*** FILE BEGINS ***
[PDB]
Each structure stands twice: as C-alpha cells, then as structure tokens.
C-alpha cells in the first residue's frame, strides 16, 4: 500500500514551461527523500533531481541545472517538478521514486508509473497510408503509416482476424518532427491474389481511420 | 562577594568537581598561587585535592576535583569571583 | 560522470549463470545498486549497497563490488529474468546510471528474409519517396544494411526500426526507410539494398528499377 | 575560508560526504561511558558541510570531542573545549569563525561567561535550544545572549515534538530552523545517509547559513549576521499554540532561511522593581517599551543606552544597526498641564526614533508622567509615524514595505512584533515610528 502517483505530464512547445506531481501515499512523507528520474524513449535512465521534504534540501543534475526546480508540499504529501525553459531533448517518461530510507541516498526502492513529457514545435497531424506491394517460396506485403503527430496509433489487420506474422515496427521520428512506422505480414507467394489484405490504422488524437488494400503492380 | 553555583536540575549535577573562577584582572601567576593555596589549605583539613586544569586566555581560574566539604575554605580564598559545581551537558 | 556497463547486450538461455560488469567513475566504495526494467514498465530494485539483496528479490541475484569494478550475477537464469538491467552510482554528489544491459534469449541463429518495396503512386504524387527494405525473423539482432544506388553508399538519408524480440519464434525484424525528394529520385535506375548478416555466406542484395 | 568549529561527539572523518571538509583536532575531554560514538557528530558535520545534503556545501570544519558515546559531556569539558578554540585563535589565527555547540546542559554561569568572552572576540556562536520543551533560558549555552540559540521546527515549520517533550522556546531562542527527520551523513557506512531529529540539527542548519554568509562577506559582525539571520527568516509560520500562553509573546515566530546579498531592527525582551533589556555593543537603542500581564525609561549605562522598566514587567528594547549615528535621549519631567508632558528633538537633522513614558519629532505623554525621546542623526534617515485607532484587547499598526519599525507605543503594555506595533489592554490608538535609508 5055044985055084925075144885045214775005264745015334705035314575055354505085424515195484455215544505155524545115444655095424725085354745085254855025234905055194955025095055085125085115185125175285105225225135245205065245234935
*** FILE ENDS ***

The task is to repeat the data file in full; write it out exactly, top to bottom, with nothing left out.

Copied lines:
[PDB]
Each structure stands twice: as C-alpha cells, then as structure tokens.
C-alpha cells in the first residue's frame, strides 16, 4: 500500500514551461527523500533531481541545472517538478521514486508509473497510408503509416482476424518532427491474389481511420 | 562577594568537581598561587585535592576535583569571583 | 560522470549463470545498486549497497563490488529474468546510471528474409519517396544494411526500426526507410539494398528499377 | 575560508560526504561511558558541510570531542573545549569563525561567561535550544545572549515534538530552523545517509547559513549576521499554540532561511522593581517599551543606552544597526498641564526614533508622567509615524514595505512584533515610528 502517483505530464512547445506531481501515499512523507528520474524513449535512465521534504534540501543534475526546480508540499504529501525553459531533448517518461530510507541516498526502492513529457514545435497531424506491394517460396506485403503527430496509433489487420506474422515496427521520428512506422505480414507467394489484405490504422488524437488494400503492380 | 553555583536540575549535577573562577584582572601567576593555596589549605583539613586544569586566555581560574566539604575554605580564598559545581551537558 | 556497463547486450538461455560488469567513475566504495526494467514498465530494485539483496528479490541475484569494478550475477537464469538491467552510482554528489544491459534469449541463429518495396503512386504524387527494405525473423539482432544506388553508399538519408524480440519464434525484424525528394529520385535506375548478416555466406542484395 | 568549529561527539572523518571538509583536532575531554560514538557528530558535520545534503556545501570544519558515546559531556569539558578554540585563535589565527555547540546542559554561569568572552572576540556562536520543551533560558549555552540559540521546527515549520517533550522556546531562542527527520551523513557506512531529529540539527542548519554568509562577506559582525539571520527568516509560520500562553509573546515566530546579498531592527525582551533589556555593543537603542500581564525609561549605562522598566514587567528594547549615528535621549519631567508632558528633538537633522513614558519629532505623554525621546542623526534617515485607532484587547499598526519599525507605543503594555506595533489592554490608538535609508 5055044985055084925075144885045214775005264745015334705035314575055354505085424515195484455215544505155524545115444655095424725085354745085254855025234905055194955025095055085125085115185125175285105225225135245205065245234935